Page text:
A secret YouTube archive lets you compare disasters from the infamous SPIDER-MAN musical

As a long-time Spider-Man fan, and as someone who used to work in professional theatre, I was obsessed with the cursed development of the Julie Taymor / U2 musical Spider-Man: Turn Off The Dark from its very earliest workshops and readings. That was long before it actually made it to Broadway, filling headlines with horrible accidents, with a record-breaking 182 performance preview period and record-breaking sales even as it lost tremendous amounts of money.

Despite my fascination, I never actually saw the show; I didn't even read playwright Glen Berger's tell-all book slash desperate attempt to protect his reputation. Why would I give any of my money to someone's explosive ego-trip?

Now, nearly a decade after the show's demise, someone's been compiling performance archives on YouTube. Since it was famously almost always in previews — meaning that, aside from the countless on-stage accidents, they were still tweaking the show, night after night — the Turn Off The Dark Archives on YouTube also chronicle the different versions of the play as it changed over time. You can watch and compare between different versions of the same scene, and ask yourself how the hell someone decided that specific change was going to improve the awfulness. As Joey Sims of the BNet newsletter explains:

According to these online Broadway archivists, there are three versions of Turn off the Dark, which was directed by Julie Taymor, with music and lyrics by Bono and The Edge of U2. First came Turn off the Dark 1.0, Taymor's original vision, which began previews on November 8, 2010. Following a storm of delays, cast injuries and critical derision, Taymor attempted to rework the show, creating Version 1.5. When that didn't quite work Taymor was kicked to the curb, and a new director (assisted by Roberto Aguirre-Sacasa, who rewrote the book and would later go on to create the Hot Archie show Riverdale) created 2.0, the final version which ran on Broadway through 2014.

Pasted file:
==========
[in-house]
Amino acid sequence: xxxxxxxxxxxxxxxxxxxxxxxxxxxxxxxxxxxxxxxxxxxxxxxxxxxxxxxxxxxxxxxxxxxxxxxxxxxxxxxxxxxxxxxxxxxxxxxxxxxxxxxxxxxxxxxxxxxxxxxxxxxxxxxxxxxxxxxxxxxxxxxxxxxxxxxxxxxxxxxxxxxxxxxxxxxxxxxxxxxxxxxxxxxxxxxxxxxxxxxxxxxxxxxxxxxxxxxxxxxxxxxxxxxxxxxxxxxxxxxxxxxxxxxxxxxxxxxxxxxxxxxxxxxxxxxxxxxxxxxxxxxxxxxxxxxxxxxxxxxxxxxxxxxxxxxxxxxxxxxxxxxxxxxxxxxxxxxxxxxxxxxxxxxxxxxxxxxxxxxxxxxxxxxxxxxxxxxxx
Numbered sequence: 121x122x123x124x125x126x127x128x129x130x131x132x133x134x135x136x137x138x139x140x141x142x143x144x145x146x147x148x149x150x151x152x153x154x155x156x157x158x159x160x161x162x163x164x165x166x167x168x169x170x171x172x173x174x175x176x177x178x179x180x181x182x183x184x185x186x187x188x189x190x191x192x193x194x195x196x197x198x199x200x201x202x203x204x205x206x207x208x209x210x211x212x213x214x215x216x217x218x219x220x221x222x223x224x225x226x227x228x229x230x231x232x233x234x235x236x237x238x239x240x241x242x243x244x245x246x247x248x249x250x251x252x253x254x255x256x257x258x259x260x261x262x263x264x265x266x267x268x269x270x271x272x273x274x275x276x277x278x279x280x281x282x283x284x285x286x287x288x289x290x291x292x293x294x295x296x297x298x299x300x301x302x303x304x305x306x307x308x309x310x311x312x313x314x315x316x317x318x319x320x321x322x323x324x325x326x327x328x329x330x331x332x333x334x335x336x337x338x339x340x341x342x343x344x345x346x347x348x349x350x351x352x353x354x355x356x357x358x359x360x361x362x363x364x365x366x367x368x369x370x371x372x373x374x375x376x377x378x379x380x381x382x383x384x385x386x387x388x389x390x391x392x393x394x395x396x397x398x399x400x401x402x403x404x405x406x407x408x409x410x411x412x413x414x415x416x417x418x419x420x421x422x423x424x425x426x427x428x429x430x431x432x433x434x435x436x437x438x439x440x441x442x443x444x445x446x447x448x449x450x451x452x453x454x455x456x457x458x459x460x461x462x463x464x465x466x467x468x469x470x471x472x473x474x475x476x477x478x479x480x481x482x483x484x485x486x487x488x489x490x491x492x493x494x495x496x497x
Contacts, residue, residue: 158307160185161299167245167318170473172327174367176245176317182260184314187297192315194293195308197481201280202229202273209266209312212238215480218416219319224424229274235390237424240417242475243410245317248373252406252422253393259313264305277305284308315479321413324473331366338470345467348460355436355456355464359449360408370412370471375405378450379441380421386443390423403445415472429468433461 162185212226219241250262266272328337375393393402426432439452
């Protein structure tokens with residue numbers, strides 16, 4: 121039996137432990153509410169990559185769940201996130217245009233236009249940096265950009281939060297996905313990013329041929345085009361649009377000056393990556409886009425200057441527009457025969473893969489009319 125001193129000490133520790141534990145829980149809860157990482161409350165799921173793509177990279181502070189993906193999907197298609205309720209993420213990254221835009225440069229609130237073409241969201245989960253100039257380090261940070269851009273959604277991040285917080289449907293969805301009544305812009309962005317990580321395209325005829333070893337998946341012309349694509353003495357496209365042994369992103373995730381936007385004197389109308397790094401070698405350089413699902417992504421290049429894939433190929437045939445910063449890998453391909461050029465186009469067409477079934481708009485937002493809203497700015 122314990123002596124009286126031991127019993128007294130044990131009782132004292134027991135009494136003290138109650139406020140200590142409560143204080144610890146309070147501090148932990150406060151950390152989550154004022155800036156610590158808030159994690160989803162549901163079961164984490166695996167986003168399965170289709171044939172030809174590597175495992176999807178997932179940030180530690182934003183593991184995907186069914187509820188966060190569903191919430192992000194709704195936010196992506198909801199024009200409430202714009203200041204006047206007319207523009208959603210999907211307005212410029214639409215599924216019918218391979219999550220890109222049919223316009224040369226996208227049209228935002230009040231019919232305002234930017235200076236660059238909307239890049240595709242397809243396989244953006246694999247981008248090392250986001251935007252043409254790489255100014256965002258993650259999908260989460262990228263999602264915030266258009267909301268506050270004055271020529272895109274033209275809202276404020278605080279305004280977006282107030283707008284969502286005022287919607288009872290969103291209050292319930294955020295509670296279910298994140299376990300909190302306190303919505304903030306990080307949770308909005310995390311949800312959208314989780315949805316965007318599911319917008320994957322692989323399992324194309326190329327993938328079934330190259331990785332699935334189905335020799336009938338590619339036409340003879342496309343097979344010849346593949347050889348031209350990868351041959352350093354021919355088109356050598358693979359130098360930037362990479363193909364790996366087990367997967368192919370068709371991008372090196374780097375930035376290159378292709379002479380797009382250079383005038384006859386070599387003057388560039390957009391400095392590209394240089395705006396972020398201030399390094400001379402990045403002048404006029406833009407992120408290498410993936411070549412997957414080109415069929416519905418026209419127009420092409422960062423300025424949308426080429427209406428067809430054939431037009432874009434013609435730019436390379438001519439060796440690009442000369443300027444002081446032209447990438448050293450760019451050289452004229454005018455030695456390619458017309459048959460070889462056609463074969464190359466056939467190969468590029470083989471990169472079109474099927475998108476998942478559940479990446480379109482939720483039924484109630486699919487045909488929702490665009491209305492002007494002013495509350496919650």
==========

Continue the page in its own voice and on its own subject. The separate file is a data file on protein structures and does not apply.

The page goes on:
Take the channel's side-by-side of "Sinistereo," a number about the Sinister Six attacking New York City. In 1.0, the scene relies almost entirely on projections. While The Edge sings about… something ("Much of madness and more of sin/No government of this vast formless thing") and video animations of the Six play, nothing is actually happening on the stage. The solution, in 2.0? Some journalists have been added, walking around describing the attacks and singing adjusted lyrics like "If fear is fire/Why do we feed the fire?" Different but, not a whole lot more exciting. Neither version is particularly good, but the YouTube archive lets you reassemble and experience the train-wreck of Spider-Man: Turn Off The Dark through all of its iterations — a comprehensive archive made possible because of the internet and through crowdsourcing.

To be clear: the scenes are mostly shot on hidden cellphone cameras in the audience, which is technically illegal, and gives the a lot of the archives that very embarrassing-community-theatre-home-video vibe. But it's remarkable that it exists at all — it's almost like Taymor and Bono went out of their way to otherwise erase the show's thousand-plus performance tenure from Broadway history.

Luckily, the Internet never forgets.

Turn Off The Dark Archives on YouTube

Spider-Man: Turn On The Videos [Joey Sims / BNet]